By SCOTT MCKIE B.P.
ONE FEATHER STAFF
Several years ago, tribal officials declared an epidemic level of Hepatitis C (Hep C) in the Cherokee community. Now, staff at a small, yellow building overlooking the EBCI Public Health and Human Services administration building is working diligently to help curb that dilemma.
The Tsalagi Public Health Syringe Services Program was approved by Tribal Council a year ago and opened its doors on Feb. 1. There are currently 266 people enrolled in the anonymous program.
Vickie Bradley, EBCI Secretary of Public Health and Human Services, said the main goal of the program is harm reduction. “We have an epidemic of Hep C in this community, and ultimately the goal of the Syringe Services Program is to reduce incidences or new cases of Hep C. But, more than that, people who use syringe services programs are twice as likely to get into treatment and there are 60 percent less syringes on the street and less needle sticks to EMS personnel and other first responders. So, our overall goal is to reduce disease, but it’s also to instill hope and connect people with services.”
Information from the North Carolina Harm Reduction Council states, “Decades of research shows that syringe exchange programs are effective at lowering rates of HIV and hepatitis C, connecting drug users to treatment, preventing deaths from drug overdose, and offering a range of health and supportive services, including referrals to programs for food, housing, and employment.”
First-time clients to the Tsalagi Public Health Syringe Services Program receive syringes and other supplies for safer injection of their drugs. “We give out cookers, alcohol, cotton pellets to filter it through, sterile water, tourniquets, band-aids, anti-bacterial ointment, hand sanitizer, and paper clips to hold the cooker with so they don’t get burned,” said Ginger Parker-Southard, Syringe Services Program supervisor. “They can come in and get as much of that as they need so they’re not re-using any of it. The CDC says that Hep C can live on a surface for up to 30 days even if you don’t see any blood.”
The clients are issued a program identification card that contains only a number unique to them. They are encouraged to bring back syringes in order to receive more. Parker-Southard said that the average user will inject 10 to 15 times daily. “We try to give them enough to get through until the next visit to our site. Most people come once or twice a week. The maximum amount that we ever give out is 100 per visit.”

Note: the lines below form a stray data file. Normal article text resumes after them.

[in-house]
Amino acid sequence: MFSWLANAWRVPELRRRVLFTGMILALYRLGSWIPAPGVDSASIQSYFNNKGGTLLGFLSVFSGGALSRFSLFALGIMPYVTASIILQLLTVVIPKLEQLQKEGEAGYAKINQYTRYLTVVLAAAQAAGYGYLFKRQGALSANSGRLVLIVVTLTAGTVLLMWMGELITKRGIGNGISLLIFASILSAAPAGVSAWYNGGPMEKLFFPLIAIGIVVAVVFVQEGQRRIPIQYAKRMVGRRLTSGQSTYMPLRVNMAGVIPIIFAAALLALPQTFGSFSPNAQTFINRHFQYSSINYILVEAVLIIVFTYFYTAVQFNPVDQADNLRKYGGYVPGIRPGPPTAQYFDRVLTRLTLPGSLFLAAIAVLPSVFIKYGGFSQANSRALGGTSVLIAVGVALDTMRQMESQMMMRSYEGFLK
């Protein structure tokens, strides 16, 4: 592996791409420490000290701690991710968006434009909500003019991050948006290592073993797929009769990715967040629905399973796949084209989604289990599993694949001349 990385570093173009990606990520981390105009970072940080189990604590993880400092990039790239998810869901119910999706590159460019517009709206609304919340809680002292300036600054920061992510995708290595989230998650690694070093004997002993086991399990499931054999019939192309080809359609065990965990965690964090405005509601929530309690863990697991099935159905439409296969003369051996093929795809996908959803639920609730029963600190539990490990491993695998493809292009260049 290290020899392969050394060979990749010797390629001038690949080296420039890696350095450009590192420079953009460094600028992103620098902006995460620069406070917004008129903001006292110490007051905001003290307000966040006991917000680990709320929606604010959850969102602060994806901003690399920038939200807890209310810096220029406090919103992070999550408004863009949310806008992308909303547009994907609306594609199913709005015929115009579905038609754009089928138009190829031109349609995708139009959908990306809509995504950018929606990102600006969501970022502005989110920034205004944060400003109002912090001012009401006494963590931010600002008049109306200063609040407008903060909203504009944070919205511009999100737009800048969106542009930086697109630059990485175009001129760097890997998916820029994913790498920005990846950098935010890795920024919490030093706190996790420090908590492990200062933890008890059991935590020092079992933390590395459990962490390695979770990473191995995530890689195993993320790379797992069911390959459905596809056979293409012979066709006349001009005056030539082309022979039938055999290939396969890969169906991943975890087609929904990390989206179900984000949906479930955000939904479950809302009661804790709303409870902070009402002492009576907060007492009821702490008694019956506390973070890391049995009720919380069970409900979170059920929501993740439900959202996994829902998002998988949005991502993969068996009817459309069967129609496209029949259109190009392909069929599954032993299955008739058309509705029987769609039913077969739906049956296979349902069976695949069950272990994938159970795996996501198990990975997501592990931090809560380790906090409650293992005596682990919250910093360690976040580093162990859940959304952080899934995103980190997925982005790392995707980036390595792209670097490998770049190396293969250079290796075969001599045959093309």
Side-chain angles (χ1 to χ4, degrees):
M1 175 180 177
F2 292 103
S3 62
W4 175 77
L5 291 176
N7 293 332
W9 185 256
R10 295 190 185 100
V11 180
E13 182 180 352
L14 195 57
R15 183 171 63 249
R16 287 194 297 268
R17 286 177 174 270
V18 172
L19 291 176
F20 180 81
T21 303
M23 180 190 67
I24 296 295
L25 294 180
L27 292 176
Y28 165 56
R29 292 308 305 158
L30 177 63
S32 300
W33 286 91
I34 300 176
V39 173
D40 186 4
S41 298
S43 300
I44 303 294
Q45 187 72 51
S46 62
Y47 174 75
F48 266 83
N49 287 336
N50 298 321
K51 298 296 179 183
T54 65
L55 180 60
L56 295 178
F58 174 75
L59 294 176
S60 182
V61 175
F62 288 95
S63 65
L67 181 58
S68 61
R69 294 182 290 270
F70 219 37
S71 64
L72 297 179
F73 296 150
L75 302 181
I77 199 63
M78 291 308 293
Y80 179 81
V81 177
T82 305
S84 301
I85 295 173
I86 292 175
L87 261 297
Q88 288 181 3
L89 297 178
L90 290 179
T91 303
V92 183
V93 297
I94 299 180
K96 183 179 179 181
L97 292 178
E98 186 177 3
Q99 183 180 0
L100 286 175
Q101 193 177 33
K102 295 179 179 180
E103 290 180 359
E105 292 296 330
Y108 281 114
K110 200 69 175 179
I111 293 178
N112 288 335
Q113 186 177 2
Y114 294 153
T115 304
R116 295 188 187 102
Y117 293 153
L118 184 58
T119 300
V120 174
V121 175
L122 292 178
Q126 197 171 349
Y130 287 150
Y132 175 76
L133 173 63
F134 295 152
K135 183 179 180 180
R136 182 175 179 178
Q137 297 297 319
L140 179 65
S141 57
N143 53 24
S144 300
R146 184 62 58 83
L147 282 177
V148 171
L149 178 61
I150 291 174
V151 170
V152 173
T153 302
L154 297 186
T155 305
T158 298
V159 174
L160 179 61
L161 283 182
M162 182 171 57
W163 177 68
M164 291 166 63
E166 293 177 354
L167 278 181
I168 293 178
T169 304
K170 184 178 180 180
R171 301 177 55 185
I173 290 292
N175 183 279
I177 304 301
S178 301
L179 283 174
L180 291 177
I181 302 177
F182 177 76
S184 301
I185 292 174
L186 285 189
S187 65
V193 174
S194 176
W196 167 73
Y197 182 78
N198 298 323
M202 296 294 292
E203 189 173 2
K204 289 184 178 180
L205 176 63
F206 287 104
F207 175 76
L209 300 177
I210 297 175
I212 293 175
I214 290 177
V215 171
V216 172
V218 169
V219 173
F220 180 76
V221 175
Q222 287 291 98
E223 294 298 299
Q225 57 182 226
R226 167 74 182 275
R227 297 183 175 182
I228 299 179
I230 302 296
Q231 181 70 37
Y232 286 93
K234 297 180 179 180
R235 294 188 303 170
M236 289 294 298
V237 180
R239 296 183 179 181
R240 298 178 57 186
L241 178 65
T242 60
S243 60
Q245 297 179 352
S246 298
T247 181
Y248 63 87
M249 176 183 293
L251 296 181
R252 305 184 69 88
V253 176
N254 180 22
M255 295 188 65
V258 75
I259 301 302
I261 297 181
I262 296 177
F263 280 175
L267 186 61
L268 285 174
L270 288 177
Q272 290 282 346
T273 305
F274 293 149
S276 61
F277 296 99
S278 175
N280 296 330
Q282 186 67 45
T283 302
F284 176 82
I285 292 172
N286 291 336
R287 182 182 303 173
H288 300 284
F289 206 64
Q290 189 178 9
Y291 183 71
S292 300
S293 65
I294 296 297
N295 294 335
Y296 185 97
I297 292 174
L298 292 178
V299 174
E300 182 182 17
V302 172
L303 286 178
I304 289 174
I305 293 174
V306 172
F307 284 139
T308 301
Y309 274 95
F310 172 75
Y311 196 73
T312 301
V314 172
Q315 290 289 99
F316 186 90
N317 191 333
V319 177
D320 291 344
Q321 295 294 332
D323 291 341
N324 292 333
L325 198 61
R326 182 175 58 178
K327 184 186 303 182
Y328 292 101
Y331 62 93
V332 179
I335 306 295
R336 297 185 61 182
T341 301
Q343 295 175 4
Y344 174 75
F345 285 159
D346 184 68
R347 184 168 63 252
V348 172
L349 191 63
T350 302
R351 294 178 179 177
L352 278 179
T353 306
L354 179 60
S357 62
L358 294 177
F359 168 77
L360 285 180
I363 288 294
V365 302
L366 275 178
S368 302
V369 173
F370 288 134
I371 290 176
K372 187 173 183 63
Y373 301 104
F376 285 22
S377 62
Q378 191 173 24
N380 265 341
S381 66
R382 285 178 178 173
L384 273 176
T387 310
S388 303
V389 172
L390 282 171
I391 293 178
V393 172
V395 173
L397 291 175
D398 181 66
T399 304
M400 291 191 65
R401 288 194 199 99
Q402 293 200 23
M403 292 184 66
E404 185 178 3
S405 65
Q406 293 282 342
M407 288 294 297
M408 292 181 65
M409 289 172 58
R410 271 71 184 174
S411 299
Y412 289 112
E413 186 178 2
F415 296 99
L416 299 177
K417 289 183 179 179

If clients return without any used syringes, they only receive 10. “We use that as an incentive to get more back and out of the community.”
That incentive is working.
“Our return rate has increased,” said Parker-Southard. “Last week, it was 52.4 percent and the week before it was 51.3 percent. Our goal is 50 percent, and that’s really more than any of the syringe services in the state get back.”
Secretary Bradley said, “The goal of syringe services programs is to get your syringe rate of return up. We actually had one day that it was 102 percent. It’s gone up exponentially. It started out around 12 to 15 percent the first month. So, in about six months, we’re running at around 50 percent the last few weeks, and overall, we’re at about 41 percent from the time that we started.”
The program also provides clients with education in addition to providing syringes and other supplies. “We educate them on how to clean their (injection) sites,” said Parker-Southard. “We educate them on how to look to see if they have any signs of infection at their injection site. We educate them on how Hep C is spread because it’s not just with the needles. It can be spread with a toothbrush, a razor…we just educate people to make sure they’re doing the best they can not to spread that to anybody else.”